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Green Building News

Utility Buys Champion Decathlon House

Pepco will showcase the University of Maryland’s winning entry, the WaterShed home, for educational purposes

Happy seller, happy homeowner. Electric service provider Pepco recently purchased WaterShed, the University of Maryland’s entry in—and the eventual winner of—Solar Decathlon 2011. The utility plans to use the home for research and, once it is relocated to a Pepco facility site, open it to the public.
Image Credit: University of Maryland

Last summer, as the 2011 Solar Decathlon team representing University of Maryland toiled away at its contest entry, a 920-sq.-ft. one-bedroom consisting of two “shed” modules arranged in a staggered, split-butterfly configuration, the hope was that the building would eventually be sold to a couple whose annual income was in the $75,000-to-$115,000 range.

The house, known as WaterShed, has since acquired high-tech celebrity as the overall winner of the Decathlon and very recently attracted a buyer, energy company Pepco, whose annual income falls well above the recommended range.

As University of Maryland announced this week, WaterShed will be moved to one of Pepco’s facilities in Maryland’s Montgomery County, where it will serve as both an educational showcase and research tool. The university will partner with the utility on the building’s operation and help monitor its performance.

A living laboratory

In its “Where We Live” blog, the Washington Post noted that the home sold for $200,000. The purchase agreement calls for assistance from the WaterShed team in transporting the house to the Montgomery County site, although Pepco will pay disassembly, transport, reassembly, and site costs. Team members also will serve as docents at the house once it opens for public display.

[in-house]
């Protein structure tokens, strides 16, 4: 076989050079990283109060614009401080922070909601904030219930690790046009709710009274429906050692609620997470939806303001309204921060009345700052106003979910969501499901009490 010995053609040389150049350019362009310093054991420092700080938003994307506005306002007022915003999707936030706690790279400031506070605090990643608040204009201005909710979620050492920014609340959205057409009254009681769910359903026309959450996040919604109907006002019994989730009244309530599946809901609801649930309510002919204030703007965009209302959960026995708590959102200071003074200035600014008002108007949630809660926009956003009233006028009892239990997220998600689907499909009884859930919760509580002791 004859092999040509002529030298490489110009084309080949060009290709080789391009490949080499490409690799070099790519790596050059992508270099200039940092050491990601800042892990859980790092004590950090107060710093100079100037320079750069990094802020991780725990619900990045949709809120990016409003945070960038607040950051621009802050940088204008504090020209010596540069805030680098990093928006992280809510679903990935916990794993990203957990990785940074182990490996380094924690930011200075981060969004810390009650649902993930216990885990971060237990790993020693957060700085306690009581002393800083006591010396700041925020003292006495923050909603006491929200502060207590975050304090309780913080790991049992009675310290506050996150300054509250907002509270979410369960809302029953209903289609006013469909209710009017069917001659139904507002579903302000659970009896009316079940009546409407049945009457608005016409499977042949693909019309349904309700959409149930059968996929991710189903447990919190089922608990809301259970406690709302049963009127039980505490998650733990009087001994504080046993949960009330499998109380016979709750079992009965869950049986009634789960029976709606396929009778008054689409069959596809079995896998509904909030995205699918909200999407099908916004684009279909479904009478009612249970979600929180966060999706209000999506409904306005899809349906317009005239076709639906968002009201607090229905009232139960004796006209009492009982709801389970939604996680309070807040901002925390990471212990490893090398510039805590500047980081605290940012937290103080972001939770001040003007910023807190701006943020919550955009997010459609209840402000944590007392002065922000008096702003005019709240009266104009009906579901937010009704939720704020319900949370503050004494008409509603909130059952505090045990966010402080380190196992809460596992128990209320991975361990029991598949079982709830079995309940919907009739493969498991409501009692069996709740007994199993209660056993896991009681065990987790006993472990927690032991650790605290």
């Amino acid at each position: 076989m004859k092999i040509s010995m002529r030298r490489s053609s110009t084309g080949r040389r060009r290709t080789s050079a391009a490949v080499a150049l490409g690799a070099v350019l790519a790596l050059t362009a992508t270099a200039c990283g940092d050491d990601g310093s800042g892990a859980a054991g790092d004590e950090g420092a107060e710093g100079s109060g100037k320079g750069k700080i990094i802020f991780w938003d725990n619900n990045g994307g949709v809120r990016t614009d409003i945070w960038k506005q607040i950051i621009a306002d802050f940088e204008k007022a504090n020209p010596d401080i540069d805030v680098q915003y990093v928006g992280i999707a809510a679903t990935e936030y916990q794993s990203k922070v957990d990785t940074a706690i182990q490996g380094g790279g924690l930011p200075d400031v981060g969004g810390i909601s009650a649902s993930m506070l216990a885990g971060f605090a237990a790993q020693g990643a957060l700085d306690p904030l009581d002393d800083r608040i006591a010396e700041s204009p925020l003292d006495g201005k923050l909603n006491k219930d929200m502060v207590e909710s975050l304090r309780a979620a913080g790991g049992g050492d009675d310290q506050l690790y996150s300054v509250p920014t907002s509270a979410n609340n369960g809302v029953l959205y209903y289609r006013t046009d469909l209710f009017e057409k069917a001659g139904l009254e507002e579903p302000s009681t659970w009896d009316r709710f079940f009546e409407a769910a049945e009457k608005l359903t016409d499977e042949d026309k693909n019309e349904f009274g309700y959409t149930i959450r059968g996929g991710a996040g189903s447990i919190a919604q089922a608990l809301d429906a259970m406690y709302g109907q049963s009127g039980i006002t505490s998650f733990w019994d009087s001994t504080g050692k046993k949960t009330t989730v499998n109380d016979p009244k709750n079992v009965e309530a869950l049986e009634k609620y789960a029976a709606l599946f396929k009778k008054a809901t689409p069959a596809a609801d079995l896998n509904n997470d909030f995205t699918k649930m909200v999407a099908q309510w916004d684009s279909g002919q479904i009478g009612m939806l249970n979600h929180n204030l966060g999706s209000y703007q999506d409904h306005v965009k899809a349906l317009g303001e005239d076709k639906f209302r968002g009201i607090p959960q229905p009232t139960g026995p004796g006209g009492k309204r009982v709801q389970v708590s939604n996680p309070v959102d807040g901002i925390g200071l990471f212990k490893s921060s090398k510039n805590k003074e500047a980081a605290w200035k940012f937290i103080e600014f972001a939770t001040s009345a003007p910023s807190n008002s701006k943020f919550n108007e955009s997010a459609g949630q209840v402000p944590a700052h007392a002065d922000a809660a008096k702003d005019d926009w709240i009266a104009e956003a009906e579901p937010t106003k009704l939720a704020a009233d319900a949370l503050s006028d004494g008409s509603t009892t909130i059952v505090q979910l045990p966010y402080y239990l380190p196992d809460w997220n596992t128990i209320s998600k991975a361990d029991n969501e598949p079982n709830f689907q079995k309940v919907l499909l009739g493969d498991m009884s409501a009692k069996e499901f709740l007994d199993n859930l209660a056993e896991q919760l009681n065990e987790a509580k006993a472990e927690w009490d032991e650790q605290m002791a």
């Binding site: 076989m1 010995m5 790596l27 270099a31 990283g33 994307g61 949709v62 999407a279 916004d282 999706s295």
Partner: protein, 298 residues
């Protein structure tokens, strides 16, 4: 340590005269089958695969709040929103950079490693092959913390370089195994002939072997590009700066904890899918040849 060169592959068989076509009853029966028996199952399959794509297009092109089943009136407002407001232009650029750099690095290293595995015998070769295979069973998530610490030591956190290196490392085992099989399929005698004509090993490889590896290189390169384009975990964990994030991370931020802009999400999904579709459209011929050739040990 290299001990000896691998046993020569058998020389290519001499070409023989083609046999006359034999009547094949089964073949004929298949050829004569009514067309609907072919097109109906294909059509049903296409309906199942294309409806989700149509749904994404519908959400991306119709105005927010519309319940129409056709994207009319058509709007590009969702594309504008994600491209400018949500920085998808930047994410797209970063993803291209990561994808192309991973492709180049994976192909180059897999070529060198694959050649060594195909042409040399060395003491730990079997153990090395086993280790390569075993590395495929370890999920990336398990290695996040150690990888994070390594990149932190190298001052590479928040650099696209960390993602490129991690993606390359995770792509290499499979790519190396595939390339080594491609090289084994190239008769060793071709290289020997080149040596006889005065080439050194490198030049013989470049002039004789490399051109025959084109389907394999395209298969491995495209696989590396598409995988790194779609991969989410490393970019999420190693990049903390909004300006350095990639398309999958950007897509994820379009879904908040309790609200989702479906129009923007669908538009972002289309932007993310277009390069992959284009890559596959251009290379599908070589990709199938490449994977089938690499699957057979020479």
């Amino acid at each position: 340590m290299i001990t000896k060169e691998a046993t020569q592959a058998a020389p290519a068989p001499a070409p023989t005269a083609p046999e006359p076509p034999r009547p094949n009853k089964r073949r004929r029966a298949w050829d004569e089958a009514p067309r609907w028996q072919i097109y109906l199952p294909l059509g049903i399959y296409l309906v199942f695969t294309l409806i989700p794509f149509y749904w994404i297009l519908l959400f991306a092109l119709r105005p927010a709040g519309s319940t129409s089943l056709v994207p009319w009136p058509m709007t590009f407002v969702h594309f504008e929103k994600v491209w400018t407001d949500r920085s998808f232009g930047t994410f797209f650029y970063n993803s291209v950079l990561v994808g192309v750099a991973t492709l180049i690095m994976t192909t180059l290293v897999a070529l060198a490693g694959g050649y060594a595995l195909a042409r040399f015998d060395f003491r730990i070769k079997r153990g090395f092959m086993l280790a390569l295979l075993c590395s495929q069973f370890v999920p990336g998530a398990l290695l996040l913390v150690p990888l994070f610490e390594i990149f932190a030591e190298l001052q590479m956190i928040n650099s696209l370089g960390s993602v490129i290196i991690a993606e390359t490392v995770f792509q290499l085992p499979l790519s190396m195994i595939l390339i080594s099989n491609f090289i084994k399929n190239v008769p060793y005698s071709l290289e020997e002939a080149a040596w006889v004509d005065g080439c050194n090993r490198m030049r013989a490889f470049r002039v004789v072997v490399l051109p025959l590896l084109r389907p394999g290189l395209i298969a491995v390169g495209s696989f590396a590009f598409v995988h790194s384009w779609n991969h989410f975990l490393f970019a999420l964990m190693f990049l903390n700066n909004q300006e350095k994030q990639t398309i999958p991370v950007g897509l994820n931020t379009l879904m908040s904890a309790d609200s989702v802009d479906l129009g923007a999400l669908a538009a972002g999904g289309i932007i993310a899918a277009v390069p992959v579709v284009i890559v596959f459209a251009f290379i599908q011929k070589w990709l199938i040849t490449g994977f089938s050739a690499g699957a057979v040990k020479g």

The house features 2×10 solid and 9.25-in. engineered wood for the floor framing, 1-1/8-in. tongue-and-groove Avantech floor sheathing, and 6 in. of Demilec Heatlok Soy closed-cell spray foam, bringing the system to R-39. Exterior walls are built with a hybrid system of standard stick framing and heavy timber framing, two layers of 2-in. extruded polystyrene over 2×6 tongue-and-groove sheathing, and 5.5 in. of Demilec Sealection in the stud bays, bringing the entire wall system to R-44.5. The roofs for both modules are insulated with 3.5 in. of Demilec Heatlok Soy and 4 in. of polyisocyanurate on the exterior, bringing them to R-57.26. Thermo-treated wood is used for the siding and decking.

Once the Solar Decathlon began last fall in Washington, WaterShed led the competition most of the way, scoring more than 90 points out of a possible 100 in eight of the contest’s 10 competition categories.


  1. wjrobinson | | #1

    Some for a multitude of
    Some for a multitude of reasons would think other than energy use that this home design is horrendous.

    I do like experimenting and contests and moving toward net plus. This particular design, well am at a loss for words.

    Improved contest rules needed I think.

    Cost, CO2, ability to remodel, fits with nature and life, locally sourced, jobs created...

  2. wjrobinson | | #2

    It is a foam home show house.
    It is a foam home show house. I wonder why any wood was even used? The Sprayfoam Association should have bought it.

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